At 20-years-old, Lexie Liu is one of several young faces of the burgeoning mainstreaming of hip-hop in China. With a hypnotic blend of ambient tunes and woozy beats, she’s risen to prominence through her dedication to melodic rap, relayed through songs like “Sleep Away” and “Nada.” Last year, she rose to prominence through her appearance on the popular competition show The Rap of China, where she landed in fourth place, ending the year by signing with 88rising. She’s back this week with a new single, “Hat Trick,” and the announcement of her upcoming 2030 album, kicking off 2019 in a big way.
“Last year, I was more focused on the domestic stuff that was going on,” Liu tells Billboard. “This year, it will be a starting point for my music and my work with 88 here, in a more international market.”
Born and raised in Hunan, China, Liu is bilingual and incorporates both Mandarin and English into her songs just as she blends different sonic styles, heavily emphasizing the R&B leanings in her songs. She sees herself as a bridge of sorts. “I feel there’s a need to combine these two languages, and I hope that can make people feel that Mandarin is a beautiful language. And make them want to know more about this culture,” she says.
She also expresses a desire to show Chinese audiences how hip-hop is more complex than perceptions of it may typically be. “In the Chinese market, people are getting more and more open minded to different genres of music, like hip-hop just started last year,” she says. “People are starting to love it, to be precise.” By introducing smoother rap styles and incorporating a variety of genres, Liu’s brand of hip-hop is built to be more accessible, but she recalls facing criticism for it while she was on The Rap of China. “‘Oh, she’s just singing pop songs.’ That’s not how that works,” she declares. “But after [that Rap of China] season, there were more rappers that started to do more melodic and sounds friendlier to the ears stuff. People are more and more open to it and there were a couple hit songs that were melodic rap, and I’m happy to see that too.”
The relationship between China, and Asia in general, with hip-hop is complex based on the genre originating among black artists in the States, grown out of socio-economic and racial tensions. Liu doesn’t shy away from this, and believes that Chinese hip-hop won’t become truly authentic until people “understand the whole hip-hop thing varies from time to time too. We cannot talk about selling dope and stuff in China, cause we’ve never done that. Nobody’s actually doing it [who is] rapping there. So sometimes we need to avoid to talk about certain topics that are not true. Maybe switch it to a different point of view, and more closer to life that people are living in.”
Personally, Liu draws from her life and her favorite fiction for inspiration. The soulful “Hat Trick” is inspired by the prologue of F. Scott Fitzgerald’s The Great Gatsby and features quotes from the iconic cautionary tale about the American dream, including the rephrased “The girl really worth having won’t wait for anybody.” Time and science-fiction are particular creative inspirators for Liu, who quickly responds with the insider wink-wink phrase “42” as the answer to the universal question after declaring Douglas Adams’ The Hitchhiker’s Guide to the Galaxy as another major influence. Her music videos regularly incorporate futuristic elements in them as well. “I’m obsessed with the conception of time,” she admits. “Cause it makes everything change and take it to somewhere that people wouldn’t know until they’re there. So it gives me a lot of space to play with imagination.”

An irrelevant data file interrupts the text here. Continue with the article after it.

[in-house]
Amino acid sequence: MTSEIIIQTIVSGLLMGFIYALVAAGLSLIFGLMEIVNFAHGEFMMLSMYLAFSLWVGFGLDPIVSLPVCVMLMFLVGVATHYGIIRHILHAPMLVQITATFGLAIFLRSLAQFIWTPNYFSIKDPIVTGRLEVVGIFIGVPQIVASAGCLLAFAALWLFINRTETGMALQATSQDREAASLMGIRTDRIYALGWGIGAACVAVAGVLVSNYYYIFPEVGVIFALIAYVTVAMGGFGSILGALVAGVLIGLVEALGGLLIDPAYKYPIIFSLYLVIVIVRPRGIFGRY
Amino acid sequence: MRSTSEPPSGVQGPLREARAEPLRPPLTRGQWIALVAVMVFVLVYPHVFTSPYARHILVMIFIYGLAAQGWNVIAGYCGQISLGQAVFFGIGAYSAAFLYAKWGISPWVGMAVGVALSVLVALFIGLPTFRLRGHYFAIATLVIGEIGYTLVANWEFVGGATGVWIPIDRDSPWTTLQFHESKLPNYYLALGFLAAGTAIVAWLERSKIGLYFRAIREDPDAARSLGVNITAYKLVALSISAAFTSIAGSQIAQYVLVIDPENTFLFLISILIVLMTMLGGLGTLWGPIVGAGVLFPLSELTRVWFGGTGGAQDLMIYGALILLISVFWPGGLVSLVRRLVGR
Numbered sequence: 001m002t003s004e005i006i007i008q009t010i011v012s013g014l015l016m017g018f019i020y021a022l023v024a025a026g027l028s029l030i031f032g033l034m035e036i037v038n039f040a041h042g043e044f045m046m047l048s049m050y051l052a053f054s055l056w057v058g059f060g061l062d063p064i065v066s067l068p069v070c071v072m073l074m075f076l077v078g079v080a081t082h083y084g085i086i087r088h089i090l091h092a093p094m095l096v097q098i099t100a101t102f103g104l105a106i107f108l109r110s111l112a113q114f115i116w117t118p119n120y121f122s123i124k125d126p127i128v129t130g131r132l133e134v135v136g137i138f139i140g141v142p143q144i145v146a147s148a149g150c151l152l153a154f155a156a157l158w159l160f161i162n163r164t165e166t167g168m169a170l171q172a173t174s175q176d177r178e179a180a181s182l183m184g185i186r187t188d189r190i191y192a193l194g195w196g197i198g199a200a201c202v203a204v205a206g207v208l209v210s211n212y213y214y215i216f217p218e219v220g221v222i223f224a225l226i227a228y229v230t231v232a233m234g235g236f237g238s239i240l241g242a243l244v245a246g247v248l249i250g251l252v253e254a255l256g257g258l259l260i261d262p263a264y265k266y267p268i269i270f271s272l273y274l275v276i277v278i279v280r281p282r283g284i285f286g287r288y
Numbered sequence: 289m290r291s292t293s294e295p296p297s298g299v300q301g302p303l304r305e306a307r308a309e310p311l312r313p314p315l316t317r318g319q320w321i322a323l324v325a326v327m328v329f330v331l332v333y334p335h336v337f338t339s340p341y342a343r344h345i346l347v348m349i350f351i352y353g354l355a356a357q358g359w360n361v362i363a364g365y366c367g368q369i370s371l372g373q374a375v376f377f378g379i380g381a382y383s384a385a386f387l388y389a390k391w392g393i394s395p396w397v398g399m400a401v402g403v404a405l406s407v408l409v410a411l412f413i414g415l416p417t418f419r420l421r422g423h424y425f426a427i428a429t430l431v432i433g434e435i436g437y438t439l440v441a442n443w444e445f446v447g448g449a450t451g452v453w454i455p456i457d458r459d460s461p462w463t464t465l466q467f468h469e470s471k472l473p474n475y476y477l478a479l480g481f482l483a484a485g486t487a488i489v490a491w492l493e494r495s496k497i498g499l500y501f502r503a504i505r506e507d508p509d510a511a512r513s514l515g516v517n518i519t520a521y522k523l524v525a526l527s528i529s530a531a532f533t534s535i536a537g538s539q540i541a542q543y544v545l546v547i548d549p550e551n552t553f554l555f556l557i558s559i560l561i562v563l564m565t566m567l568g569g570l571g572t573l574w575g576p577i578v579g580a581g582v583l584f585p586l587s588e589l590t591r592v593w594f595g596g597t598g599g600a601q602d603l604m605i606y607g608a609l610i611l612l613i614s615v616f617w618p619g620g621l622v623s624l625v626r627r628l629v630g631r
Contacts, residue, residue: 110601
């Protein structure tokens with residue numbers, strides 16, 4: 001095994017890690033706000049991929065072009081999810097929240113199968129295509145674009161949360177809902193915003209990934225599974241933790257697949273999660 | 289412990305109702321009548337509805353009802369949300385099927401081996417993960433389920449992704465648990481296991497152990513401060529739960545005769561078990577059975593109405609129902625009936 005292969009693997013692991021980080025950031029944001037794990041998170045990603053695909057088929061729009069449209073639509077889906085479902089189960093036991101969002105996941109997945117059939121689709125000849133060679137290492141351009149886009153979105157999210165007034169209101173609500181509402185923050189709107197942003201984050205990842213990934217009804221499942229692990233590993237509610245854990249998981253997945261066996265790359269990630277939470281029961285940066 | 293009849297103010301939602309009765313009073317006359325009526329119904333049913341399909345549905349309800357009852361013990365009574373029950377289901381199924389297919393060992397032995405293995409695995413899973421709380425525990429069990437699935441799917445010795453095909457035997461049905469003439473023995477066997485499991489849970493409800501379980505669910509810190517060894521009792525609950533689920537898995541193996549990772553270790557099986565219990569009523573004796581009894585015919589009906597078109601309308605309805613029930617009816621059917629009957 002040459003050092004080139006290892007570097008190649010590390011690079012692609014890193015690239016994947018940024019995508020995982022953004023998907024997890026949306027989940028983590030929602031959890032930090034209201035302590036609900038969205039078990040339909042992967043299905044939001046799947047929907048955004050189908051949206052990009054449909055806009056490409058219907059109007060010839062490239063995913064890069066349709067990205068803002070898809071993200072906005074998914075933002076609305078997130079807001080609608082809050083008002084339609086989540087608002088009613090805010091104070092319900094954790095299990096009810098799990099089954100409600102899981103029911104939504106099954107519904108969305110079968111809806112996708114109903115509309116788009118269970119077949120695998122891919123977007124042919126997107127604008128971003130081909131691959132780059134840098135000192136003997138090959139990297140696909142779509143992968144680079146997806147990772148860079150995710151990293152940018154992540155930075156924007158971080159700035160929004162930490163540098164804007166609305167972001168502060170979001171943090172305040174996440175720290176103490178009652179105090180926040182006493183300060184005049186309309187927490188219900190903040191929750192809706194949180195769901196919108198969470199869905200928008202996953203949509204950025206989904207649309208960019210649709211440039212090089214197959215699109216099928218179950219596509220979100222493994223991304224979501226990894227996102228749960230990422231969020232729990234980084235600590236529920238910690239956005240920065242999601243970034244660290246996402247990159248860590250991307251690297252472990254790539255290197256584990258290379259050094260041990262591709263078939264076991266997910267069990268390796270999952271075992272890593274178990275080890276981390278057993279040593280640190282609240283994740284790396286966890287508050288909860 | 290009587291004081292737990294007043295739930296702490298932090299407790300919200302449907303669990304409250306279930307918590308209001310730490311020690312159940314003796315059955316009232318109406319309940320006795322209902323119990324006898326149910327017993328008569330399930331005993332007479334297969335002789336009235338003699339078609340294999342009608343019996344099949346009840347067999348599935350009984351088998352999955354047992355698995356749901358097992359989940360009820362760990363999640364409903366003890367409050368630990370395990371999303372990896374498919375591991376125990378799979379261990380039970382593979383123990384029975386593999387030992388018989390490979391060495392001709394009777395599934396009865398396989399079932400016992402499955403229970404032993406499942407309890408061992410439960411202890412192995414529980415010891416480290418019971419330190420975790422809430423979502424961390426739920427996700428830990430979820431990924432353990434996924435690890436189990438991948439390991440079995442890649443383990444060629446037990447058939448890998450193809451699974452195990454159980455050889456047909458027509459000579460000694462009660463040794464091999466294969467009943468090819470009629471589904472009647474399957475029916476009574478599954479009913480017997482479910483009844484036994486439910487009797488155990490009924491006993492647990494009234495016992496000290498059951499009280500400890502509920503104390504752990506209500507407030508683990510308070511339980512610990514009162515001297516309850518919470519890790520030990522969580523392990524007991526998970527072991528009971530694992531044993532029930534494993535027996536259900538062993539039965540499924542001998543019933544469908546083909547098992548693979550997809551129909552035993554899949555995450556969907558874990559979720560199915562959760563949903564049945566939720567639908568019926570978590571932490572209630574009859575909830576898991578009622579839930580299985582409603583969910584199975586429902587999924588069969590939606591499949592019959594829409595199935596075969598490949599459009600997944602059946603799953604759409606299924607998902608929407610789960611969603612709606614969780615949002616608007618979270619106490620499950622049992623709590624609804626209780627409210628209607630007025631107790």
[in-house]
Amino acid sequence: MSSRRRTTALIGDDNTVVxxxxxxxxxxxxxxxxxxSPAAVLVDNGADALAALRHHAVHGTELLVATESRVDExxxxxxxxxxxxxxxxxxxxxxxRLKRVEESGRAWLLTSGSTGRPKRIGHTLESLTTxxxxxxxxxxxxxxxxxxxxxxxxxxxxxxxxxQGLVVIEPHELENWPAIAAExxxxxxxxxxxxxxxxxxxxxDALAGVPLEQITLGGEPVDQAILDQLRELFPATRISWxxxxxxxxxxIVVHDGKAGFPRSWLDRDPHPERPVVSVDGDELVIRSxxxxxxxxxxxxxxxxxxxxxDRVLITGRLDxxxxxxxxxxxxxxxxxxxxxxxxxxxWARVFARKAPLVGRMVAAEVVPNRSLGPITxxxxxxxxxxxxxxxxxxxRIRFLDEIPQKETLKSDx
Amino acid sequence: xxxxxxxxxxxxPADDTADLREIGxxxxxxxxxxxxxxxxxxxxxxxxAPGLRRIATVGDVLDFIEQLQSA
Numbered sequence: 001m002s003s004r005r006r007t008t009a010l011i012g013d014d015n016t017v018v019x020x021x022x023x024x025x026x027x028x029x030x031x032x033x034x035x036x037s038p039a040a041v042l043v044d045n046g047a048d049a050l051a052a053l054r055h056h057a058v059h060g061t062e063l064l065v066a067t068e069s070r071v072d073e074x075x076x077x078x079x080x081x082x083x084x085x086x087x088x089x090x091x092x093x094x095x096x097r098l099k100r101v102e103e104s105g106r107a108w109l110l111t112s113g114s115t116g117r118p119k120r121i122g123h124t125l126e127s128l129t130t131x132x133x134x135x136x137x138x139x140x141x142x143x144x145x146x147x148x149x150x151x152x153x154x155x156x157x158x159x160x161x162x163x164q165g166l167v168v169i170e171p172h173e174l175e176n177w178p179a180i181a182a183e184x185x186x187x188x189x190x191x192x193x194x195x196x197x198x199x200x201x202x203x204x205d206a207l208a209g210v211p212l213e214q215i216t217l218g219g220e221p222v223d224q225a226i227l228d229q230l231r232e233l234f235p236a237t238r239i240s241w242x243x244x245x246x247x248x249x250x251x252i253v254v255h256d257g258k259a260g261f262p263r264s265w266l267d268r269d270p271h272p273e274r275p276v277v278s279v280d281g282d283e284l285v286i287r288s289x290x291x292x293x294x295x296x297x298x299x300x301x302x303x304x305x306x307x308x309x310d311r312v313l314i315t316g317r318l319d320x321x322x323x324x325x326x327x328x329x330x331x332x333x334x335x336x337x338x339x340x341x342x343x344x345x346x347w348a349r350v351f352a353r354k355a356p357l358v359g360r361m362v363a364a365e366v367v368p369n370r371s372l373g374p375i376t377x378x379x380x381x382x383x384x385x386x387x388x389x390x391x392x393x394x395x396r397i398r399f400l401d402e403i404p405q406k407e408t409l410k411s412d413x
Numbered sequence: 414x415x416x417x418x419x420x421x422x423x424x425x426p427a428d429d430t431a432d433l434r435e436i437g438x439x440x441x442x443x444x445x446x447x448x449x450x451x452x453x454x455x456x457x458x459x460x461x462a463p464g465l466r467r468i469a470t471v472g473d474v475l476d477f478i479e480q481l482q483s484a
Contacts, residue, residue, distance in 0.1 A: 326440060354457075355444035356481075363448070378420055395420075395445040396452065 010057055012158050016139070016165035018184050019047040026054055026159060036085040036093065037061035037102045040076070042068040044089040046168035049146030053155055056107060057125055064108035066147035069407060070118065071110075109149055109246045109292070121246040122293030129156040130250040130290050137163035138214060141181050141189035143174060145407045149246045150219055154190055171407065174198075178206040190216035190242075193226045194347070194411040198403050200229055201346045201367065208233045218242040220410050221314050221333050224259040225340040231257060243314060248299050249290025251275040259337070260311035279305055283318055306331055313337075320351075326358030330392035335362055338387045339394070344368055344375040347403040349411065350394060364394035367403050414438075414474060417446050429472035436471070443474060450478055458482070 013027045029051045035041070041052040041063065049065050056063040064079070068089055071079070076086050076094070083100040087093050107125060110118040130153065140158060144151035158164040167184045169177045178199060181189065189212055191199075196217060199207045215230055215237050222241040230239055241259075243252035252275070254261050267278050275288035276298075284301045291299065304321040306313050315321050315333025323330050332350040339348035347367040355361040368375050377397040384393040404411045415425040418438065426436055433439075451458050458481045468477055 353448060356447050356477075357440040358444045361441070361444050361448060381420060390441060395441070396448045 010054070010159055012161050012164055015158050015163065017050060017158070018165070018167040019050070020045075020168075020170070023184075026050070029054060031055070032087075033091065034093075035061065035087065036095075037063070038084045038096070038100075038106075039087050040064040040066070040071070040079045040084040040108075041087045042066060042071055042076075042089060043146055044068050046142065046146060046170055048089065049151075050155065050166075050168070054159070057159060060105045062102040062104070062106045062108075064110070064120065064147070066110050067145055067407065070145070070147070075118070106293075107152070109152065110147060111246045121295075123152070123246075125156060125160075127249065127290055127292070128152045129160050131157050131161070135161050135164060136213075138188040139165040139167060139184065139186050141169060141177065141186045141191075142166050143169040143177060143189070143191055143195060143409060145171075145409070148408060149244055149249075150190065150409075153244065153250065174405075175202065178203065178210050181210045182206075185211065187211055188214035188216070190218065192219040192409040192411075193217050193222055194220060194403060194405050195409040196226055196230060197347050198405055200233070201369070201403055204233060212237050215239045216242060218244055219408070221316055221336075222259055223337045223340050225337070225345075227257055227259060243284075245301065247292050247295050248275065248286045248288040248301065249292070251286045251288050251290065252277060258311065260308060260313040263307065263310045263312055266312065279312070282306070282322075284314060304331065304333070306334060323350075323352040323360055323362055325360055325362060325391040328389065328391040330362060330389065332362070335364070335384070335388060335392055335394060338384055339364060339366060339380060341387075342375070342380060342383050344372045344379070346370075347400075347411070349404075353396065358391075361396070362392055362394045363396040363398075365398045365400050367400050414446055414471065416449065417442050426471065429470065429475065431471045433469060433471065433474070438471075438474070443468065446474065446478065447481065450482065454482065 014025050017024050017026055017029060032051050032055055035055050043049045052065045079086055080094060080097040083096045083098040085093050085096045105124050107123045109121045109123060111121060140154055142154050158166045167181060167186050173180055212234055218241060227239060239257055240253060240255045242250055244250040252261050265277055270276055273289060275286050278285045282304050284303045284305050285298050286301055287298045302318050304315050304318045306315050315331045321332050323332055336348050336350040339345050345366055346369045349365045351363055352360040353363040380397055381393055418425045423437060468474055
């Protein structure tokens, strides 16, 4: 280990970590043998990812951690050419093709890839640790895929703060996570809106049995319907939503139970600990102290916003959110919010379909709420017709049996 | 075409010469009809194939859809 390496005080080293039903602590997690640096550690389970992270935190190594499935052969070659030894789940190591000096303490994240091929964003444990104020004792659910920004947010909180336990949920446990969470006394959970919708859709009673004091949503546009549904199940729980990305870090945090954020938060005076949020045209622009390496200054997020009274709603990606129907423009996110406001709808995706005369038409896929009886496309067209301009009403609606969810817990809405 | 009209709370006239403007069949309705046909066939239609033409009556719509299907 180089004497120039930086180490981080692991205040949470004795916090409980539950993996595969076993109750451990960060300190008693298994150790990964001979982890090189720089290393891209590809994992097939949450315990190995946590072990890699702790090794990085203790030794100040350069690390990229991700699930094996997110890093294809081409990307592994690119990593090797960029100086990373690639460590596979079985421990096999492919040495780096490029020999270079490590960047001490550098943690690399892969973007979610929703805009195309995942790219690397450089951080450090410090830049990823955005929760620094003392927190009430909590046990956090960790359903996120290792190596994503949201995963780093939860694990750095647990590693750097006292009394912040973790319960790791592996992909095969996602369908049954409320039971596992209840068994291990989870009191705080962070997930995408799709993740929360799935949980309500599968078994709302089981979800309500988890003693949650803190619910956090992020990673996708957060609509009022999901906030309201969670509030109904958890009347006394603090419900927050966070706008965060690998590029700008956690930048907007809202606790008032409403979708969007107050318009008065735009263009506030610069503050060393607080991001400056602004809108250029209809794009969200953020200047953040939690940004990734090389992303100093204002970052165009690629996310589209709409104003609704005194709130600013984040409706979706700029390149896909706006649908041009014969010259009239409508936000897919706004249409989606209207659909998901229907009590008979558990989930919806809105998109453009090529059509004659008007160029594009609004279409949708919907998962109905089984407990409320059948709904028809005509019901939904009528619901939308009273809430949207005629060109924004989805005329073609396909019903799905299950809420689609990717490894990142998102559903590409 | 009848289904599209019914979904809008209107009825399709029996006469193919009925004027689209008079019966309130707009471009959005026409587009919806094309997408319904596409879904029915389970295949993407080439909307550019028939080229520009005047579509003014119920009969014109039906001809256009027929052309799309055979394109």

But though her music and videos are space for her to explore her creativity and imagination, Liu’s also intensely grounded, and uses her career as a way to try and rectify gender disparity that she sees in the music world around her. “It is a very male dominated industry, and people always have more strict and harder standards on women, especially celebrities and rappers,” she says. One of a handful of female rappers to rise to prominence through The Rap of China, Liu says all of them are aware of their role as pioneers. “We’re trying to show that not only guys can do that, we can probably do that too, united together.”
Liu says she thinks her less aggressive style of hip-hop is seen dismissively partially because she’s a woman, as neither her sound nor her looks match the idea of what a female rapper should be. “Because I’m a girl and because I use a lot of melodic stuff, a lot of audiences they will feel like I’m not rapping,” she says about feedback she’s heard. “And a little bit of weird comments on my boobs. ‘Oh, they’re so flat.’ Cause female rappers are,” she pauses to wave her hand in a curve, “You know?”
Though Liu’s parents want her to go back to college — she left New York University after her first semester to pursue her passion — she’s not remotely ready to be done with her musical career at a time when both Chinese and Western audiences are becoming more open to more diverse music that blends languages, cultures, and her musical leanings. “I’m still trying to mix these elements together so people can see something that they’ve never seen before. That’s where I’m going,” she says.
Liu’s 2030 will be released on Feb. 1.